Katakat, a favorite of Andrew Zimmern, is just one of many dishes that will be served.
Everybody knows Queens has great Indian food, but what you may not know is that we also have awesome Bangladeshi and Burmese food. These countries all border the Bay of Bengal, thus the inspiration for this month’s Queens Dinner Club feast—Destination: The Bay of Bengal. No need for a boat though, justjoin us at the swanky Bamboo Lounge at Kaufman Astoria Studios on Wednesday Sept. 27 at 7:30 p.m. Tickets for this one-of-a-kind feast are $45 and may be purchased here.
“Wow, you like hot oil,” more than one waiter at the Chinese joint in Levittown would say to my father when he requested a small dish of the stuff. “Hot oil make you live a long time.” Earlier this week Time published an article citing a link between eating fiery food and longevity, based on a study of about 500,000 Chinese.
Lu Qi, the author of the study writes “It appears that increasing your intake moderately, just to 1-2 or 3-5 times a week, shows very similar protective effect,” he says. “Just increase moderately. That’s maybe enough.” Based on that statement I might just live forever. With further ado, please enjoy this list of C+M’s favorite spicy foods in Queens.
1. Kuai tiao Summer, Plant Love House
I may no longer order my food Thai spicy. , but the bowl of Kuai tiao that goes by the name Summer ($12.95) at Plant Love House, remains the most incendiary Thai noodle soup I have ever slurped. “Summer. The heat is real. Dare you to try,” reads a menu insert with a picture of this blazingly hot take on tom yum. A gigantic prawn lolls in the red broth along with a hard-boiled egg, bacon, and a home-made sweet pork patty. The latter is a good counterpoint to the spicy broth which has an undertone of lime, chili, and garlic. There’s a nice smokiness from the bacon, but above all there’s the unmistakable flamethrower heat that comes from plenty of red chilies. Plant Love House, 86-08 Whitney Ave., Elmhurst, 718-565-2010
2. Sandheko wai wai, Dhaulaghiri Kitchen
Whenever I try to characterize Nepali food, I find myself saying, “It’s like Indian food but spicier and different.” Sandheko Wai Wai ($3.50), a Nepalese chaat made from crushed ramen noodles fits both descriptors. The noodles are mixed with onions, raw garlic, tomatoes, red pepper, and plenty of green chilies, among other things. Crunchy and spicy it will have you mopping your brow. Dhaulagiri Kitchen, 37-38 72nd St., Jackson Heights(more…)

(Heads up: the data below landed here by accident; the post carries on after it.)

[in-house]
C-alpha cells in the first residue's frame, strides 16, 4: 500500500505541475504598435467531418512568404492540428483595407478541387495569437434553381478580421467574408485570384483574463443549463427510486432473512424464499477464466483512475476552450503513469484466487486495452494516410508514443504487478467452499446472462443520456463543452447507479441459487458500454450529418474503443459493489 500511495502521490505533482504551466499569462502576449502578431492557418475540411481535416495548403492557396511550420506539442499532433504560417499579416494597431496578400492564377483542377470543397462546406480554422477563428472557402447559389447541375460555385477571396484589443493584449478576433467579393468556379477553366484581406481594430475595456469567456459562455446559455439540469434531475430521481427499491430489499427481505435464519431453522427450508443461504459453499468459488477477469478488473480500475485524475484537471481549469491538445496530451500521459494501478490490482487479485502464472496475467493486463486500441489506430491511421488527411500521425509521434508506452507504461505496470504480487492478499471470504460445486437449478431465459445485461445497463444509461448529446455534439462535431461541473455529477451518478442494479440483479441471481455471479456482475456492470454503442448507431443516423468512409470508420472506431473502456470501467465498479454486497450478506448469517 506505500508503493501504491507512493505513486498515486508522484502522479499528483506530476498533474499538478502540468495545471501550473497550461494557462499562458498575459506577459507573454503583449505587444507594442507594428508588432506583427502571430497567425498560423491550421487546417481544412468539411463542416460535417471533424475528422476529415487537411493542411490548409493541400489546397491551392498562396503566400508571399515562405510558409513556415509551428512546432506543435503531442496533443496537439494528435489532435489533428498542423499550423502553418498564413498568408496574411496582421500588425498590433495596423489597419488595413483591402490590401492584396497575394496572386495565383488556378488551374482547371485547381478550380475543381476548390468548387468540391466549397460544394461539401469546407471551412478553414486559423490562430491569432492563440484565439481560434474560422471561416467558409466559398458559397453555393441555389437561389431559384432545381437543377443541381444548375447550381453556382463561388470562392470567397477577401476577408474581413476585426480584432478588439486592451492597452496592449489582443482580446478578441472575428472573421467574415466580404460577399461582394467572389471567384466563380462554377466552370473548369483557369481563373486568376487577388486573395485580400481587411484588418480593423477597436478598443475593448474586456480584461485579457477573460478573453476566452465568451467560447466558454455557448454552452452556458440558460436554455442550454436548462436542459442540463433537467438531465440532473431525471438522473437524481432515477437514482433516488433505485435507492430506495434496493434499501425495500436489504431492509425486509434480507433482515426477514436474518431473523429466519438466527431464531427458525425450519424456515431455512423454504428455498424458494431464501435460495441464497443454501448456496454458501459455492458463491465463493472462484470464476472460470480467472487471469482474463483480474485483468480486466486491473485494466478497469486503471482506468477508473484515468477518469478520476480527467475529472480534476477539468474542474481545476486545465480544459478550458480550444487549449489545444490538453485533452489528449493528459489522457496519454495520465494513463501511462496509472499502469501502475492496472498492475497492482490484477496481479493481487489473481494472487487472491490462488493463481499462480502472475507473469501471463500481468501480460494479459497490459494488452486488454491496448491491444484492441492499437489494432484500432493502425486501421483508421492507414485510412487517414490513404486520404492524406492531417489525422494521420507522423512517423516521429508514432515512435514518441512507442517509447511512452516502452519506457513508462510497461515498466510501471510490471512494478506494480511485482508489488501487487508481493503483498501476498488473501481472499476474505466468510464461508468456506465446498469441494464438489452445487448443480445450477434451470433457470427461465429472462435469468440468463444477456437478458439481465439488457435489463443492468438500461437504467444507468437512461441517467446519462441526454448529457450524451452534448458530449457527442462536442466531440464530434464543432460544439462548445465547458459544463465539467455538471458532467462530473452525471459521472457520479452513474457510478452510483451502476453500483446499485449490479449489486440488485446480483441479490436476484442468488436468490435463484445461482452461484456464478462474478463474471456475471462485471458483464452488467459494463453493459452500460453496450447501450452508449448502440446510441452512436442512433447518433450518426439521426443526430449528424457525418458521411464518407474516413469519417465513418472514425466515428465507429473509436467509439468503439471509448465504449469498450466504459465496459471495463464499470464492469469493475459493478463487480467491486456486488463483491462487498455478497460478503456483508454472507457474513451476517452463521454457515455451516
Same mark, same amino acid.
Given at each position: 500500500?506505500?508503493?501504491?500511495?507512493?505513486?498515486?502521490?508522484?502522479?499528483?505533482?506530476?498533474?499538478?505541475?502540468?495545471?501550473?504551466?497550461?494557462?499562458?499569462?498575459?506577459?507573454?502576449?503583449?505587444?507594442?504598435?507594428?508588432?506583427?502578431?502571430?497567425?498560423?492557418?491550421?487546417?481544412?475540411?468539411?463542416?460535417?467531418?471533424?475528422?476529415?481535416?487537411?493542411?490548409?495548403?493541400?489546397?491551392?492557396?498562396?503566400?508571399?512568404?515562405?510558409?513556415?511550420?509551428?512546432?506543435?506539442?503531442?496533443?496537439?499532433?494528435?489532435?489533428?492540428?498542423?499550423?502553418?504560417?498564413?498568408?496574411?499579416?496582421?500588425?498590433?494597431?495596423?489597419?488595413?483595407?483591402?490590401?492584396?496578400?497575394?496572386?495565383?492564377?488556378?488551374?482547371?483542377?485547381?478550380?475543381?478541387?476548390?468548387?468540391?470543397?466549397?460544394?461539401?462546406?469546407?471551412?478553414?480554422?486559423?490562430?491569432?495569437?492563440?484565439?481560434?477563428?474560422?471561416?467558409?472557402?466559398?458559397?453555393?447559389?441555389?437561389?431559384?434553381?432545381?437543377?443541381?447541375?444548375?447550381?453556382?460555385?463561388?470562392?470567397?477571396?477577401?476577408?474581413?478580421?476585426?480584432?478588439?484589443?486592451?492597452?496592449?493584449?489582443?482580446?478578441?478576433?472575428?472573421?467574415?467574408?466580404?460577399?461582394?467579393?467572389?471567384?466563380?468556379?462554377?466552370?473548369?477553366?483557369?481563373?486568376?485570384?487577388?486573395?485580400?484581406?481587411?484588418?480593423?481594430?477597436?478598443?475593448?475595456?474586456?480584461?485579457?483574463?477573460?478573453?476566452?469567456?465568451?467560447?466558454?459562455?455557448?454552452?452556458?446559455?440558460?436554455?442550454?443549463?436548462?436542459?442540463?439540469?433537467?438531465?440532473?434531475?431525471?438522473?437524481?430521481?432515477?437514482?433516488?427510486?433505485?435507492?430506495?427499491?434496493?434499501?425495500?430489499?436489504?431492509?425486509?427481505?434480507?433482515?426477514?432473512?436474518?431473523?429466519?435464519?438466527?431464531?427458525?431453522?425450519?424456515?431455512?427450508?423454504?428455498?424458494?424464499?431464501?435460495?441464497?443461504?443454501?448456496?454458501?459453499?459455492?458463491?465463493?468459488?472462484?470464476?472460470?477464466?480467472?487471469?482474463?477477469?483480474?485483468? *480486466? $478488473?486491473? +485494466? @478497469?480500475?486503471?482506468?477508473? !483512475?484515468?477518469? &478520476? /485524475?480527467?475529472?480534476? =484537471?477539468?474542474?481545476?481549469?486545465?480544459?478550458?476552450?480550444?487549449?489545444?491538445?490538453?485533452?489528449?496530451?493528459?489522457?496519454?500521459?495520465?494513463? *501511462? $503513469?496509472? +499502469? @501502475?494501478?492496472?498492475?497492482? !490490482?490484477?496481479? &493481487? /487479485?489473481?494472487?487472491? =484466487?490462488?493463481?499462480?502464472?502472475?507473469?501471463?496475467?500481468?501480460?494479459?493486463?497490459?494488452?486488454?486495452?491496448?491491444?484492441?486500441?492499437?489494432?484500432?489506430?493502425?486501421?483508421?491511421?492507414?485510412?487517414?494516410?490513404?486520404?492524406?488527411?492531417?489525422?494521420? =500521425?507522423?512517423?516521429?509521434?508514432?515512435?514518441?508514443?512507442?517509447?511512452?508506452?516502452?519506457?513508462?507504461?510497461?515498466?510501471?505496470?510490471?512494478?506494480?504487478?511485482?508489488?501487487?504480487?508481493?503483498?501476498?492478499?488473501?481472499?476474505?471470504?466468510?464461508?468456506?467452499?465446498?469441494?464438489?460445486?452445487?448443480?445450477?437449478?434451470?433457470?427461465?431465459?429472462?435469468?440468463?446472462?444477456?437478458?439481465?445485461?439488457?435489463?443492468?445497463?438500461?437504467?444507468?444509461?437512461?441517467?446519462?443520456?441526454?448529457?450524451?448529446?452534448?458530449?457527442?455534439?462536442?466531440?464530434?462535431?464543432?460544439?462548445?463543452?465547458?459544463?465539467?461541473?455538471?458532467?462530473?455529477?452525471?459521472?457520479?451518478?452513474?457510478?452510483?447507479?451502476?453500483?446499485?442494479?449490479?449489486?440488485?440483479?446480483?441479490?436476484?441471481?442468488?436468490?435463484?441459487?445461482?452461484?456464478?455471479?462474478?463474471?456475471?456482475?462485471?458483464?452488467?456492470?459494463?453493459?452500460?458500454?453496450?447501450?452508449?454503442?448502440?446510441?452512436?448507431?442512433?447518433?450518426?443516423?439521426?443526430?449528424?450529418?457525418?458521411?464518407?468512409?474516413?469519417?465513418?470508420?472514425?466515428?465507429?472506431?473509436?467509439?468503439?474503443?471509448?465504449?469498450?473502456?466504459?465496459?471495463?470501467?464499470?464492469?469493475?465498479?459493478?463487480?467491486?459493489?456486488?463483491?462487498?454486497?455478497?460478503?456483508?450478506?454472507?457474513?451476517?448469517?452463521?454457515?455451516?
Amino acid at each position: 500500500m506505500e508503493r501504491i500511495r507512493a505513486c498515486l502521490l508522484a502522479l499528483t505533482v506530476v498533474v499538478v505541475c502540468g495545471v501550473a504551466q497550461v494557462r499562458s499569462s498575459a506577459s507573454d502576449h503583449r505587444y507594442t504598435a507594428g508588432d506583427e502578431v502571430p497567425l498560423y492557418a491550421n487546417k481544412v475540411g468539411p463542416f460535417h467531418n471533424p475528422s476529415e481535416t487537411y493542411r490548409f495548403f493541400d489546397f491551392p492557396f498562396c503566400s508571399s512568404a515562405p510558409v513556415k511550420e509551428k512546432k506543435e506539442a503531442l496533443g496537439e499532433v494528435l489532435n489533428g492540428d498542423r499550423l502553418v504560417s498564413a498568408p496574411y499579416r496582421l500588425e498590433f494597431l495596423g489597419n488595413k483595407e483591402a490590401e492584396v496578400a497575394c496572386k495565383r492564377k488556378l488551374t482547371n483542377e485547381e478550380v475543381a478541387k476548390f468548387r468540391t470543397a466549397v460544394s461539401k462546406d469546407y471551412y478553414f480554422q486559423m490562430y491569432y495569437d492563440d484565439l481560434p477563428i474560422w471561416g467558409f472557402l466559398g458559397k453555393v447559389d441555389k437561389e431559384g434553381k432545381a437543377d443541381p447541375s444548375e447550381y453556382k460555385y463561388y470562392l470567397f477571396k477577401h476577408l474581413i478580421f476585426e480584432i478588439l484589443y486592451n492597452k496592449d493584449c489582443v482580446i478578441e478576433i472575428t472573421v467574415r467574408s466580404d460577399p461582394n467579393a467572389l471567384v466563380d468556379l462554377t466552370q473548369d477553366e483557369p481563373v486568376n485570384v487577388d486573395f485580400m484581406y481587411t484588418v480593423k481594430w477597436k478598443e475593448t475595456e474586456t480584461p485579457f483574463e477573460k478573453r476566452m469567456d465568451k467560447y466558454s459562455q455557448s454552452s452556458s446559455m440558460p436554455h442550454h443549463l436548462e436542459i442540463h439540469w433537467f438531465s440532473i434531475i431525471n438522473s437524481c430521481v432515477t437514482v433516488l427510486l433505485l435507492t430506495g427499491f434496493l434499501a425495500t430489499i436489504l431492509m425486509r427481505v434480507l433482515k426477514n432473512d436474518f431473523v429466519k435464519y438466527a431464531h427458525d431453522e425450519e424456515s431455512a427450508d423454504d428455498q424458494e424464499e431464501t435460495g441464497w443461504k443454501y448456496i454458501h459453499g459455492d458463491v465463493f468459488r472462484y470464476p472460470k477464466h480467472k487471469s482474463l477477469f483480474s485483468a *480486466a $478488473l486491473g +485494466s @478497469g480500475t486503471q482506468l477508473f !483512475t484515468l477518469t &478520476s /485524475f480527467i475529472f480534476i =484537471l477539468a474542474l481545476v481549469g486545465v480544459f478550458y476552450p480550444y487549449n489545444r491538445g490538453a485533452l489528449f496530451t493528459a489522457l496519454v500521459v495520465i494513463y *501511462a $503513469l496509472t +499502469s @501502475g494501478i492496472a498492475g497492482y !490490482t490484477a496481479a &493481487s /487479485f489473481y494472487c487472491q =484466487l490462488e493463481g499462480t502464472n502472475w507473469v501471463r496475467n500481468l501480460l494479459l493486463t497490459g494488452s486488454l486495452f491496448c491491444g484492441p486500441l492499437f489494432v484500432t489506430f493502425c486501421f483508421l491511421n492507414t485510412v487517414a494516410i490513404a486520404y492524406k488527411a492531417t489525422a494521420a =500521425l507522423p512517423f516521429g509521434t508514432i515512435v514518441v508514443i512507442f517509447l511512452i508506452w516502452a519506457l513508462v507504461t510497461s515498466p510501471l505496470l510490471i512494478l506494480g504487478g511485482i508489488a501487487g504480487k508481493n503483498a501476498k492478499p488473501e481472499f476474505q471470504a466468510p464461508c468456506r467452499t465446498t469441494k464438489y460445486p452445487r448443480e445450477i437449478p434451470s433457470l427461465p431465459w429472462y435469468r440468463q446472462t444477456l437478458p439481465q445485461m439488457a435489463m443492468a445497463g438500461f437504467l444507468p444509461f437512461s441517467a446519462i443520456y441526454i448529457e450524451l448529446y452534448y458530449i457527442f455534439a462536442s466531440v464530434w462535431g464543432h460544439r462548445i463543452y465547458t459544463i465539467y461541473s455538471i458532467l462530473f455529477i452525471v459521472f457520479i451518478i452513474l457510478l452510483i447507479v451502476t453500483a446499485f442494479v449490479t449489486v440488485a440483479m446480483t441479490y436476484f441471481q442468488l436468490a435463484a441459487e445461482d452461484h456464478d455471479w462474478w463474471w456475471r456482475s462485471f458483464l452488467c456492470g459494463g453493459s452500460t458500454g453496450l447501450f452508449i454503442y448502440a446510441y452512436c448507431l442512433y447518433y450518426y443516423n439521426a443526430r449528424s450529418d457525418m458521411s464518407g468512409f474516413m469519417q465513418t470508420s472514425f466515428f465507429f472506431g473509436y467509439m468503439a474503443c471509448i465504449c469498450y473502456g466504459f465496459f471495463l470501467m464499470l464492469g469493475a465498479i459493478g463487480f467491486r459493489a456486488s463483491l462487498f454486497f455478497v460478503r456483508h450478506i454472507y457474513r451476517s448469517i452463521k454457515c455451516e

Crazy Crab, a stealth Burmese restaurant masquerading as a Cajun crab boil/pan-Asian eatery might just be one of my favorite places in downtown Flushing. The crab boils themselves—get the off menu green curry sauce—make for some fun, messy eating. But it’s the Burmese specialties like tea leaf salad, ohn-no kout swei, and Yunnanese yellow tofu that get me really excited and really hungry. So when Gina Liu asked me to stop by for a taping of Eyewitness News New York’s Neighborhood Eats with Lauren Glassberg I immediately said yes. (more…)
I count myself a huge fan of the Indonesian Food Bazaars held every summer at Masjid al Hikmah in Astoria. So I was even more excited when I received an e-mail about an Indonesian Food Bazaar being held this Saturday in Forest Hills. I was unable to make last year’s event, but I’ll be there with bells on this year.
It all goes down from 12 p.m. to 5 p.m. in the auditorium of the First Presbyterian Church of Forest Hills, 70-35 112th St., with proceeds to benefit Ranah Orphanage in Lampung, Indonesia.
I’m especially eager to try nasi goreng babat, beef tripe fried rice and tekwan, minced fishball soup from Palembang. The organizers also have other surpises in store including such exotic ingredients as torch ginger flower, keluwak nut, sator bean, and blue pea flower. There will also be Burmese food. Looks like I’ll have to bring my spare stomach to this one folks.
The flavors are so bright I can forgive the Western style greens.
Burmese and Yunnanese food are a rarity in New York City, even in the wonderland of ethnic cuisine called Queens. The best places to enjoy Burmese cooking—a complex sometimes fiery cuisine that combines elements of Indian and Thai—is at the handful of charity food festivals held in late spring throughout Queens. It was at one of these that I found out Crazy Crab 888, a sort of stealth Burmese restaurant was opening in Flushing. It’s so named because the owners have billed it as a seafood and beer joint with all manner of maritime offerings: shrimp, clams, black mussels, blue crabs, king crab, and lobster to name just a few. This is probably a smart business move on their part, though I find it disappointing. The seafood’s on the back of the trifold paper menu, but the heart is given over to Burmese, Thai, and Yunnanese specialties. These include the Yunnan sliced pork special salad ($16.99), which I tried on a recent visit. (more…)
Young and old mingle over noodles at the Thingyan celebration.
It’s Southeast Asian Lunar New Year season in Queens kids. It seems like it was just Songkran, or Thai New Year. Yesterday it was Myanmar’s turn, so my buddy Jonathan and I attended the Thingyan festival in the cafeteria of a public school in Woodside. We stocked up on $1 food tickets; most items were between $4 and $7. Even in the most diverse borough in the universe Burmese food is a rarity, so you can be sure that we ate our fill. The festival was sponsored by Dhamman Ranti Vihara, a local Burmese Buddhist temple.
A potage of curried chicken and torn roti with spicy slaw.
Kyat thar palatar was a great way to kick off a day of eating. Think of the bowl of torn roti and chicken curry as Burmese chicken and dumplings. The bits of bread soaked up the curry quite nicely, while a slaw of cucumber, cabbage, mint, and green chili lent some brightness to the bowl. (more…)